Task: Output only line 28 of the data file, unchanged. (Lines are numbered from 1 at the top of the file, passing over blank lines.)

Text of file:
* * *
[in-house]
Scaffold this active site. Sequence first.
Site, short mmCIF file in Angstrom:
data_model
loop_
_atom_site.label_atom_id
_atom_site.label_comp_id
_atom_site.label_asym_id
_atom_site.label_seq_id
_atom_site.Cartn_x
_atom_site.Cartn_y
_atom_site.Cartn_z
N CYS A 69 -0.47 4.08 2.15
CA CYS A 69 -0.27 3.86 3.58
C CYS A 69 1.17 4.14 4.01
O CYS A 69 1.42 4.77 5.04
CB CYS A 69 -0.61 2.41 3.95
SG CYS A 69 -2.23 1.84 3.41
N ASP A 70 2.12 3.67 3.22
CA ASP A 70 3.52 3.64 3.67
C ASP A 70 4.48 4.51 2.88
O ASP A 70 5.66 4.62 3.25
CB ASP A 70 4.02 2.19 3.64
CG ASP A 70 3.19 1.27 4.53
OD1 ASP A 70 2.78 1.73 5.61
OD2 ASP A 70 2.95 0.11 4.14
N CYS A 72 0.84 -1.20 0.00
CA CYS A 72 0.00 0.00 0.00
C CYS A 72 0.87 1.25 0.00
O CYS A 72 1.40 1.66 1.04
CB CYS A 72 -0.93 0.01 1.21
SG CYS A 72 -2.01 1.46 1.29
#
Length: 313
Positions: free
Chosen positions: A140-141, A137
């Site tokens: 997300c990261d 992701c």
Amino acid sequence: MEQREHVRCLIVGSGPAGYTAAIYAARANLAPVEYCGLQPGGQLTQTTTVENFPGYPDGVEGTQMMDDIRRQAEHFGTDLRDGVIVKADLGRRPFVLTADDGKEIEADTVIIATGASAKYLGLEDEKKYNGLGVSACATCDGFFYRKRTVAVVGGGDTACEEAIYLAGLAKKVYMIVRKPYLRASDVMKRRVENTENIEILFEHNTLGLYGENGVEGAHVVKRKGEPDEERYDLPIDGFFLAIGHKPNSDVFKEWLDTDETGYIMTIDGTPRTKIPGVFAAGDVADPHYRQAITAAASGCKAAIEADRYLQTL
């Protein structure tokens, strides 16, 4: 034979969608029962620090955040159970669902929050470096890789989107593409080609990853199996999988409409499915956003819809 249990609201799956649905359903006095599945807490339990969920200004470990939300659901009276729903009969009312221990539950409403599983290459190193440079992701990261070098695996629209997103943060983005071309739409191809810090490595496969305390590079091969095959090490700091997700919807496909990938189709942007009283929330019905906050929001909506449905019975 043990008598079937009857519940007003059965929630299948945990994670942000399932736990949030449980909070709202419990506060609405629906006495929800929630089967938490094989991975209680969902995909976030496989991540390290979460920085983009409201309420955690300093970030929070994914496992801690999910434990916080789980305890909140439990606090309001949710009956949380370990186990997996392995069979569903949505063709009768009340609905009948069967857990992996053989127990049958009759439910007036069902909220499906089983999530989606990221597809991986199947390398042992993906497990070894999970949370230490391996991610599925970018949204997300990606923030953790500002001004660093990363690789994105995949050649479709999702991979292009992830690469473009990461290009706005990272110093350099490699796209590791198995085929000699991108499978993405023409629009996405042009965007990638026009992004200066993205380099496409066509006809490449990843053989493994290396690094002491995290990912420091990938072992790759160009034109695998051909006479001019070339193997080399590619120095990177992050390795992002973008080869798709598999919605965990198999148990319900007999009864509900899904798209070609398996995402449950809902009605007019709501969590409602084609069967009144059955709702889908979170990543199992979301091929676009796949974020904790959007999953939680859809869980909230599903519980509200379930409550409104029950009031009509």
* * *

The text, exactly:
CA CYS A 72 0.00 0.00 0.00